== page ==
A nonprofit publication of the Kentucky Center for Public Service Journalism

Art Lander’s Outdoors: From film to digital, remote cameras have been used by hunters for ages

This is part one of a two-part series on the evolution of remote cameras from the film era to today’s infrared digital scouting cameras, and how trail cameras are used by deer and wild turkey hunters. Using remote cameras to capture images of wildlife dates back much farther in the past than probably imagined. In the infancy of film photography in the late 19th century, innovative wildlife photographers...

Art Lander’s Outdoors: Raccoons in the attic? Nuisance wildlife no laughing matter for people, pets

Kentucky is blessed with a diversity of wildlife – some 74 species of mammals, 380 species of birds, and 112 species of reptiles and amphibians. Many landowners encourage wildlife on their property and spend countless hours and considerable sums of money to improve habitat for rabbits and quail, white-tailed deer and wild turkeys. But when a family of raccoons takes up residence in the attic, or...

Art Lander’s Outdoors: Early Kentucky’s era of exploitation awakened conservation movement

This second article in a two-part series, in honor of Kentucky’s 225th anniversary of statehood, focuses on the 150 years from 1750 to 1900, with a timeline of human use of natural resources. The research for this article is courtesy of the Kentucky Department of Fish and Wildlife Resources. Kentucky’s historical era began when Virginia physician and land speculator Thomas Walker passed through...

Art Lander’s Outdoors: State’s 225th anniversary recalls Kentucky’s early bountiful resources, native peoples

First of two-part series, in honor of Kentucky’s 225th anniversary of statehood, explores the flora and fauna of early Kentucky, Native American cultures, and human use of natural resources during pre-history. The research for this article is courtesy of the Kentucky Department of Fish and Wildlife Resources. Just as the giants of the Pleistocene Era (Ice Age) were dying out, a primitive stone age...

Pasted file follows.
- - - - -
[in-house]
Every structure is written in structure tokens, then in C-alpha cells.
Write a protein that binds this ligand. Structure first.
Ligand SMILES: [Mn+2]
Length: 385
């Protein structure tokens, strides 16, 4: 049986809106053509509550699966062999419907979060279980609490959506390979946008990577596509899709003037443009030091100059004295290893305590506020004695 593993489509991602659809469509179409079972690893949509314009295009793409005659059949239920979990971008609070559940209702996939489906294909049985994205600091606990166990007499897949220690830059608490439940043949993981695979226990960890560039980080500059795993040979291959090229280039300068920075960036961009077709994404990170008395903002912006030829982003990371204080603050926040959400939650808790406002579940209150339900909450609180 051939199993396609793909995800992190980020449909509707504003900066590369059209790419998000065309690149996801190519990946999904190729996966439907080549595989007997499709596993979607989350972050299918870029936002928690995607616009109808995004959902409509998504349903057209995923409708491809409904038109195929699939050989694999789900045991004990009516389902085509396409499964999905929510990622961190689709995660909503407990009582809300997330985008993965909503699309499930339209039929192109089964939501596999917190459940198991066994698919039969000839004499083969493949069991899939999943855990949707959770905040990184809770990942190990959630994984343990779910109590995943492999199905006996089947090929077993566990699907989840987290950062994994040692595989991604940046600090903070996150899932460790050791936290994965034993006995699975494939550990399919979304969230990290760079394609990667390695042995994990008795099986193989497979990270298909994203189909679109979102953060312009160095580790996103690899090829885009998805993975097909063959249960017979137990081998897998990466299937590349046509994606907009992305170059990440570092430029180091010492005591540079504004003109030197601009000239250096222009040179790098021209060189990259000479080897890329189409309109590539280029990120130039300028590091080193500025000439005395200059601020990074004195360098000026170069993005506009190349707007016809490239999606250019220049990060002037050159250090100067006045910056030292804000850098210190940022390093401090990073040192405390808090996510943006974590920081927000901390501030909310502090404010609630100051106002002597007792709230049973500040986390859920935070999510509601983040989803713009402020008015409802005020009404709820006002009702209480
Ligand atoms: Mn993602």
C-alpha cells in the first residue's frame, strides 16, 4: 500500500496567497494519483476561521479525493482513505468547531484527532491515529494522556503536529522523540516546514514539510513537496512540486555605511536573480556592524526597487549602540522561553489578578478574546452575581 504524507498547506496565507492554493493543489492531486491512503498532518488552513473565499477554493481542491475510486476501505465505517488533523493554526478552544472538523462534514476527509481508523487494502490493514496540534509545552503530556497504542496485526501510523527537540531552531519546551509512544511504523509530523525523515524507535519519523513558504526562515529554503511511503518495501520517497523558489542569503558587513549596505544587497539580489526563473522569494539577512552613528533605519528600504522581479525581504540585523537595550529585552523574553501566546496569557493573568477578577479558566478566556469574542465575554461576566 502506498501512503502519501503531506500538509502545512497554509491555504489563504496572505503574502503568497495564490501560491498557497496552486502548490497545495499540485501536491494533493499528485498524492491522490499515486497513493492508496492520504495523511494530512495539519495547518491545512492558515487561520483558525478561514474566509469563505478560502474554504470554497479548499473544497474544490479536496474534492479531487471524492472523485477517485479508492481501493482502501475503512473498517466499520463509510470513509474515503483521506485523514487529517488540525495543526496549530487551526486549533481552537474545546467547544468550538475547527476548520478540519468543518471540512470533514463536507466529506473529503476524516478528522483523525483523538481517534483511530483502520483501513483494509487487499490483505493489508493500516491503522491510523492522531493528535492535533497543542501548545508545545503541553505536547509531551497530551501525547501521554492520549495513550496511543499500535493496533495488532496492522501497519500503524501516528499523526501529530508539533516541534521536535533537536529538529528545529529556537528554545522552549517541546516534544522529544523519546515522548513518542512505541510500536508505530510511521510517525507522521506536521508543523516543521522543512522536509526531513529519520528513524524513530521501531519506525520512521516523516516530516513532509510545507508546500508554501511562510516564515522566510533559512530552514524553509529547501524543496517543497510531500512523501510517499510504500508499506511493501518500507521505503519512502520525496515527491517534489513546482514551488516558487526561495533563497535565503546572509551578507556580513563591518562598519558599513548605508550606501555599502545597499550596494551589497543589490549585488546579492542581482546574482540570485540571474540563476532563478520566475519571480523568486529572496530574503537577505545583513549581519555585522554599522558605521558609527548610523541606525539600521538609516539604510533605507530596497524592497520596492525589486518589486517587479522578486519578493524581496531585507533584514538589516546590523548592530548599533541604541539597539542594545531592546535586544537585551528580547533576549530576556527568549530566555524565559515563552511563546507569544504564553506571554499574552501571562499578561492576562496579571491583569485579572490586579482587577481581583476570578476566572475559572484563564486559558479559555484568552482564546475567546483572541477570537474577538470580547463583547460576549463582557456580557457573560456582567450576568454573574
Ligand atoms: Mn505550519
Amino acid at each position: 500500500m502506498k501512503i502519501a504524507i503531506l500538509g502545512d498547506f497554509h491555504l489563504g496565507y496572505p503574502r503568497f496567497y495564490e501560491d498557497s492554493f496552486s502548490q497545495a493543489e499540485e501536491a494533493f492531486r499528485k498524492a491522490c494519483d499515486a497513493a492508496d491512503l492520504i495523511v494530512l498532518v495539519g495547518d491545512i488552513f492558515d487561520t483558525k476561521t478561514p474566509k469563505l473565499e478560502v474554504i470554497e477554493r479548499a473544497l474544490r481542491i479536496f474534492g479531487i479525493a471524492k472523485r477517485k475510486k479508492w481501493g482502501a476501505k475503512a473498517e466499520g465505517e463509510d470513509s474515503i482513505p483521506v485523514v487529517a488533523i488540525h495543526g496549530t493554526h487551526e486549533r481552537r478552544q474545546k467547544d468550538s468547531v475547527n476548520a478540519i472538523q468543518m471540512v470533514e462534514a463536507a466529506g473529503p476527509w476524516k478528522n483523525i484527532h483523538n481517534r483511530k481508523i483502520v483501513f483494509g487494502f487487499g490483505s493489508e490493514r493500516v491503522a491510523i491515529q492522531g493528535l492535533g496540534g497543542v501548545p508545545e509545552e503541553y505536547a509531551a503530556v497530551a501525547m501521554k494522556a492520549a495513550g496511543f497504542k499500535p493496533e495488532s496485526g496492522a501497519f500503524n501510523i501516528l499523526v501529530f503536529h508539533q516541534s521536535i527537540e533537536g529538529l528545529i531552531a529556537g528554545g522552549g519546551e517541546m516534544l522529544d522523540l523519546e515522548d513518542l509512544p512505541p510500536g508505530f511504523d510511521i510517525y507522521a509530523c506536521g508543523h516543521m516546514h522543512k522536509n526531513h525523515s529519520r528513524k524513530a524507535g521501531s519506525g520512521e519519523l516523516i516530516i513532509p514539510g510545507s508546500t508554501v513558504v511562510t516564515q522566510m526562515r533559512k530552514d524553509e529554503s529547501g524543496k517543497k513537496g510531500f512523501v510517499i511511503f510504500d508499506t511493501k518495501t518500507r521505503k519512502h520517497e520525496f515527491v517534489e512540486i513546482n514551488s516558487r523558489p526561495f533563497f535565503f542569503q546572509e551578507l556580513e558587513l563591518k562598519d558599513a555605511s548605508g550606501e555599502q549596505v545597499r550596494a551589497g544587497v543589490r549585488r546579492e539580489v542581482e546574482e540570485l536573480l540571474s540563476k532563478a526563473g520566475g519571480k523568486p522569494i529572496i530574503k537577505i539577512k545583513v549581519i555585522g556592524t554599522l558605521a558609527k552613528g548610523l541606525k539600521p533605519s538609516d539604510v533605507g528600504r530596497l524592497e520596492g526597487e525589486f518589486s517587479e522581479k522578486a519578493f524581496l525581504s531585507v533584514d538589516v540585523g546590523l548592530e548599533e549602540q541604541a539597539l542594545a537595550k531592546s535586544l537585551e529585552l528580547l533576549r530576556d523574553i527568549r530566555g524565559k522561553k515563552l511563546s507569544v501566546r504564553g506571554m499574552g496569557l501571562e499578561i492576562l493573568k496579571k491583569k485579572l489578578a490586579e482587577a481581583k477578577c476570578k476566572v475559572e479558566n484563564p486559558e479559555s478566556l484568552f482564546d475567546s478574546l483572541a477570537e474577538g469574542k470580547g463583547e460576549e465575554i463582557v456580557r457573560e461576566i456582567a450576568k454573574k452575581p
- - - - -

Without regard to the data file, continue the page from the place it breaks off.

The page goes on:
Art Lander’s Outdoors: Once upon a time, American bison was free-ranging native Kentucky species

During Kentucky’s pioneer era, longhunters and early explorers feasted on buffalo steaks and roasts. Herds were vast and had a significant impact on the land, grazing down vegetation as they traveled, and creating an extensive network of wide trails throughout the state. Many of Kentucky’s buffalo trails served as primitive roads for early explorers, and eventually became state and federal highways...

Art Lander’s Outdoors: It’s a dangerous world out there, but wildlife finds a way to survive and thrive

A Cooper’s hawk snatches a young squirrel from the side of a tree, a red fox finds a nest of newborn rabbits in an overgrown field, and a largemouth bass ambushes an unsuspecting school of minnows. These are all examples of predation, the drama of predator versus prey, that plays out everyday in Kentucky’s woods, fields and waterways. Many species of wildlife prey on (eat) other animals to survive...

Art Lander’s Outdoors: Of all the Asian exotic threats to woodlands, chestnut blight stands out as worst